TODD: Let me ask the question in reverse. What does Bernie Sanders want?
ALCINDOR: It`s really -- I mean, it`s very interesting, but I think it`s what he`s been saying for years and years and years. I mean, he`s laid out pretty clear policies. He wants the Democratic Party to really turn into what he`s been wanting which is universal health care, which is a single payer system which is this idea of free college for all. I think that his policies are really what he wants.
As someone who went to hundreds of rallies with him, has interviewed him several times, I think he literally lays out what he`s wanted for almost 30 years. And I think the fact that he`s now getting people to listen to his speech that he`s given since the `80s is flabbergasting him. But I think that`s what he wants. He wants the Democratic Party to change completely and to not be at all a centrist party.
TODD: All right. As we know, what do the donors want? You brought up the donors earlier. What the donors want is antagonism towards Trump. Do they want Bernie progressivism or they want something else?
THRUSH: I think the donors want -- the thing about democratic donors is you can get republican donors, the Koch brothers in Jane Mayer`s book sort of contributed a lot of money for party building and sort of power accumulation. Democratic donors go issue by issue. You know, the biggest thing is probably motivating them right now is Pruitt at the EPA. That is a huge draw. Back to Bernie for a second. You know, Trump is essentially someone who invaded the host organism of the Republican Party and Bernie Sanders` whole goal is to purge the Democratic Party of Clintonism.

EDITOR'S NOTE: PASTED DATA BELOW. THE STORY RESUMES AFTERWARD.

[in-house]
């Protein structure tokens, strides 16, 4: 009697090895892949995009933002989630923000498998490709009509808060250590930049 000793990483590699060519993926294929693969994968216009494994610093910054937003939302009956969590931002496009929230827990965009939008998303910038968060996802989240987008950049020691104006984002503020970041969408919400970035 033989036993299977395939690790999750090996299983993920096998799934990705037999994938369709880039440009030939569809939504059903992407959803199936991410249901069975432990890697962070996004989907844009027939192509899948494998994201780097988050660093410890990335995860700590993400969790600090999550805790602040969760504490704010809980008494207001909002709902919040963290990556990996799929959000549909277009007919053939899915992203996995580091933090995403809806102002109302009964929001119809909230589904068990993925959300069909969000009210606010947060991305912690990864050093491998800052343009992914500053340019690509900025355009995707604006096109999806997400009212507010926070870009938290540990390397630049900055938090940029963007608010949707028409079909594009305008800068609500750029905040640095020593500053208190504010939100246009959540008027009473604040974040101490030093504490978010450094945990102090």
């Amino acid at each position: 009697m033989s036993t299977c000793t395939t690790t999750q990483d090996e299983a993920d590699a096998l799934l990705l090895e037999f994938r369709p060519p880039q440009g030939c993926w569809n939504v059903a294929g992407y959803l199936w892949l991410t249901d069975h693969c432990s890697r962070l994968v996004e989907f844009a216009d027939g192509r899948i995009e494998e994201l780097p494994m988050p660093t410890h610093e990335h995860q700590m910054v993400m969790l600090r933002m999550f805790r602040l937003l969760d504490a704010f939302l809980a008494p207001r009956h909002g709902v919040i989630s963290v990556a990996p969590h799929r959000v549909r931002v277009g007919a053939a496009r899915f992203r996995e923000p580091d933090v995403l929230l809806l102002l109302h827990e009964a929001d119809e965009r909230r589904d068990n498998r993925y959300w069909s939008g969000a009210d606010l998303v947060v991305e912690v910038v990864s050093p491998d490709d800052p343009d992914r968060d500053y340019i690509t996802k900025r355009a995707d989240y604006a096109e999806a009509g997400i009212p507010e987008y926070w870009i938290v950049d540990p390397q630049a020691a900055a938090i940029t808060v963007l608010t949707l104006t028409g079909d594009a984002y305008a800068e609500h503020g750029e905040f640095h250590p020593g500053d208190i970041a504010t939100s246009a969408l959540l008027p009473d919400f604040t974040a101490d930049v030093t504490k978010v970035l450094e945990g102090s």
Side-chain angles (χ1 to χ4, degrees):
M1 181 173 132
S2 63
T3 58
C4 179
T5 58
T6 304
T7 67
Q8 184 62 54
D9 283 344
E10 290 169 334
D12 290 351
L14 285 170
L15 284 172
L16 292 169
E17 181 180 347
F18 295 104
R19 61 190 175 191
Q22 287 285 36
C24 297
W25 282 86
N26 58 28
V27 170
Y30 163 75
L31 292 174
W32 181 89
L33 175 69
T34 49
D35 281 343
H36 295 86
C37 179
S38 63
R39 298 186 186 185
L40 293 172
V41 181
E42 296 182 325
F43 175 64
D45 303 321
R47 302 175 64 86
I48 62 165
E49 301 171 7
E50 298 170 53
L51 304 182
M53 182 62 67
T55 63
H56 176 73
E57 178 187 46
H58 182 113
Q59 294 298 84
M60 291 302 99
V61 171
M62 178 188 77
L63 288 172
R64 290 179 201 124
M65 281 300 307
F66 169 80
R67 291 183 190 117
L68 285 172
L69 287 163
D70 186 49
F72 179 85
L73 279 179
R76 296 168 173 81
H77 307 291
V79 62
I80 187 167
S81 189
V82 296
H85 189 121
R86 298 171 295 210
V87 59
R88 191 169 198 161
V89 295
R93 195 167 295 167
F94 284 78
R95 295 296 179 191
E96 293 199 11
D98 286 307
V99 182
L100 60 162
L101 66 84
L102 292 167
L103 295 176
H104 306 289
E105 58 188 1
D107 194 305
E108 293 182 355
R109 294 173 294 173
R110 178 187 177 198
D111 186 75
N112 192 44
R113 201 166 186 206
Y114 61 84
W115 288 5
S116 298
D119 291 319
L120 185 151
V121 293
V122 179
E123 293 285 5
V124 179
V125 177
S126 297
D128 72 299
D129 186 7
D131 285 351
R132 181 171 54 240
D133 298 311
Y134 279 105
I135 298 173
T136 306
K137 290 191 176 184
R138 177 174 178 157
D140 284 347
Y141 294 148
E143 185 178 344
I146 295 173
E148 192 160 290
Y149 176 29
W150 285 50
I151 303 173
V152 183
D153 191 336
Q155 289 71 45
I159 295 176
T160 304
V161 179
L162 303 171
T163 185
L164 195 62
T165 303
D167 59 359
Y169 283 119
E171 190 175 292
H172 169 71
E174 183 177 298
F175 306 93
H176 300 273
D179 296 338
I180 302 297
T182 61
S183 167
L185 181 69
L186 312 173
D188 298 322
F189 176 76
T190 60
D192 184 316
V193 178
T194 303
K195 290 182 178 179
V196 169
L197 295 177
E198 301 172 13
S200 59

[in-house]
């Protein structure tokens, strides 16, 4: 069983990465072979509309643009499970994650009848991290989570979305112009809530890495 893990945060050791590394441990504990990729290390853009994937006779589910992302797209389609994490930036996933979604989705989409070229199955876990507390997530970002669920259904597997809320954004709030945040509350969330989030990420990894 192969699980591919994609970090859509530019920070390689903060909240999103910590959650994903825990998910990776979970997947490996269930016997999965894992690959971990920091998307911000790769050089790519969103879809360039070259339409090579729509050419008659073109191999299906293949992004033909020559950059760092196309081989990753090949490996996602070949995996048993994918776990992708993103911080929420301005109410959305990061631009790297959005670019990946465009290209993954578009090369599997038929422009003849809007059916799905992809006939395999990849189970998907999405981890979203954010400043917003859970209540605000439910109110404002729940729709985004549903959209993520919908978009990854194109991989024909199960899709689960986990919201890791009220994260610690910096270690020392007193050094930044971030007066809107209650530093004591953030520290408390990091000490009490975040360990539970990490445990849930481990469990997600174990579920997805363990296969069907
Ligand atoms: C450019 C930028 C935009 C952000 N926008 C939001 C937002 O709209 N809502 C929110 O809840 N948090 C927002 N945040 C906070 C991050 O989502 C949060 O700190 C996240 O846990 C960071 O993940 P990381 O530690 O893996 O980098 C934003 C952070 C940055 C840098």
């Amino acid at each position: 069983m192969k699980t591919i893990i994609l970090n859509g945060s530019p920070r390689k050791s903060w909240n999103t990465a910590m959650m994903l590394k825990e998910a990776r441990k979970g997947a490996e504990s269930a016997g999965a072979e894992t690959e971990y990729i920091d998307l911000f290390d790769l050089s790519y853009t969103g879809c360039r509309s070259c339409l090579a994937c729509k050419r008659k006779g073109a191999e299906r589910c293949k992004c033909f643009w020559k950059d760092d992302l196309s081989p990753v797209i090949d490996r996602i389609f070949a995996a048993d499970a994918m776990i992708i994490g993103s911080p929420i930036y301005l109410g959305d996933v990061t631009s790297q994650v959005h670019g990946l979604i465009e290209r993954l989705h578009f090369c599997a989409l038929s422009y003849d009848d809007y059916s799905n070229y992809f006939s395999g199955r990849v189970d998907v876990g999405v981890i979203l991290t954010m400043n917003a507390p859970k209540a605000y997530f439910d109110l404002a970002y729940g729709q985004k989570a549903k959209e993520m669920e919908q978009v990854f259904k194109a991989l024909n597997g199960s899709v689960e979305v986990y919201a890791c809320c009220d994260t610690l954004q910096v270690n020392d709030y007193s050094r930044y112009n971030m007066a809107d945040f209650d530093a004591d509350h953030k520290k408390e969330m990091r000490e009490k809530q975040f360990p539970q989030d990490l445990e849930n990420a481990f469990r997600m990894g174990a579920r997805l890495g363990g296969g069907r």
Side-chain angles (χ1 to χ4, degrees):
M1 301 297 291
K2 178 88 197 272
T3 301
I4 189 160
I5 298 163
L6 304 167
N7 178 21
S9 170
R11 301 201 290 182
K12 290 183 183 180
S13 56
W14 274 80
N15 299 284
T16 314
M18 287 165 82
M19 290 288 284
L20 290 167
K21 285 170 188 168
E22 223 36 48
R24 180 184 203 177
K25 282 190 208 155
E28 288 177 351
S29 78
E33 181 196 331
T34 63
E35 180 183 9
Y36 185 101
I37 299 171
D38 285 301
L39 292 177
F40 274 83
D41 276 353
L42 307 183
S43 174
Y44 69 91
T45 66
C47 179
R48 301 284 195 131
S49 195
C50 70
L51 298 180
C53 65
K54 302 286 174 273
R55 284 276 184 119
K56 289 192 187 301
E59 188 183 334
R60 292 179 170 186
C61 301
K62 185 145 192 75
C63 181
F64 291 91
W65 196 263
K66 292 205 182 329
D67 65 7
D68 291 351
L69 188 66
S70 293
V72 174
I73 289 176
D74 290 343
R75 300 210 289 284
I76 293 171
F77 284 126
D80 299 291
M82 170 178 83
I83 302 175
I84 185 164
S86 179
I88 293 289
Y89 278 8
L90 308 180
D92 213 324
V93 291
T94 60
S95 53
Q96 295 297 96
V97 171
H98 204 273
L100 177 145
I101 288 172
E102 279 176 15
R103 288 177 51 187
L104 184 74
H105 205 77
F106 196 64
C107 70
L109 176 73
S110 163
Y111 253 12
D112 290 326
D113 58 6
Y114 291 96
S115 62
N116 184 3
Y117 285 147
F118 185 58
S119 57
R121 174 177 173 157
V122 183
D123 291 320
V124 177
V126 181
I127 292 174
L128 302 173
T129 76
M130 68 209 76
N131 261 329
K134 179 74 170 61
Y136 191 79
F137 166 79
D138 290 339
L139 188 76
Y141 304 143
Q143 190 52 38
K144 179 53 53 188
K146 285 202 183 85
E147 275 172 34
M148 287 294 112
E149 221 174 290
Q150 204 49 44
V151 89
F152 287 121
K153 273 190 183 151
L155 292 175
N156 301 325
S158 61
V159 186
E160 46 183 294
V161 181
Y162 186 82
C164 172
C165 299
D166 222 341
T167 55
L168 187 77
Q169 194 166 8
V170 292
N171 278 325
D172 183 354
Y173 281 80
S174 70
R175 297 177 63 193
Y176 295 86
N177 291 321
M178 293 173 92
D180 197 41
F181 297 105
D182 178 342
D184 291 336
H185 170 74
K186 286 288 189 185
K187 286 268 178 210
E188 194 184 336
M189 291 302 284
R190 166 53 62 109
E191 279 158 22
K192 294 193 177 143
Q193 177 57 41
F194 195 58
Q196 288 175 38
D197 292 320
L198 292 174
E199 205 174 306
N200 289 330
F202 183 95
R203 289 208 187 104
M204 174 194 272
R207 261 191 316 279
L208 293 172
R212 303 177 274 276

TODD: I think he`s on his way to doing that. Thank you all, Dan, Yamiche, Glenn. Appreciate it. After the break, the campaign ad prop candidates hope is a sure shot for success. Stay tuned.
TODD: Well, in case you missed it, politicians on both sides of the aisle have been sticking to their guns in campaign ads for some time now. It`s sort of a six to eight year old trend like this one with West Virginia democratic senator, Joe Manchin, shooting a cap and trade bill. Or this one featuring Iowa republican senator, Joni Ernst, taking aim at democratic policies. Or this one with Missouri republican governor, Eric Greitens, making something blow up in the distance.
But this trend hit an apex this week when both candidates in the Montana special house election are locked and loaded in their TV ads. Democrat Rob Quist shoots a negative Super PAC ad in this one. And Republican Greg Gianforte blows away a computer screen displaying a gun registry in his ad. Folks, both sides run these ads for different reasons. Republicans want to show off their second amendment bona fides and democrats want to convince voters that they are not like the other democrats.
Bottom line, it`s all performance art like many things are in politics these days. It`s Republican politician that tweets he`s going to Chick-fil- A for lunch, while the Democratic lawmaker posts a gift from Hamilton. As long as it works with your base, it`s going to keep happening, but do we really need to see all these candidates showing off their shooting skills at this point? It`s starting to get a bit absurd, you know.
That`s all for tonight. We`ll be back Monday with more "MTP Daily." And if it`s Sunday, catch "Meet the Press" on your local NBC station. "For the Record" with Greta though starts right now.
THIS IS A RUSH TRANSCRIPT. THIS COPY MAY NOT BE IN ITS FINAL FORM AND MAY BE UPDATED. END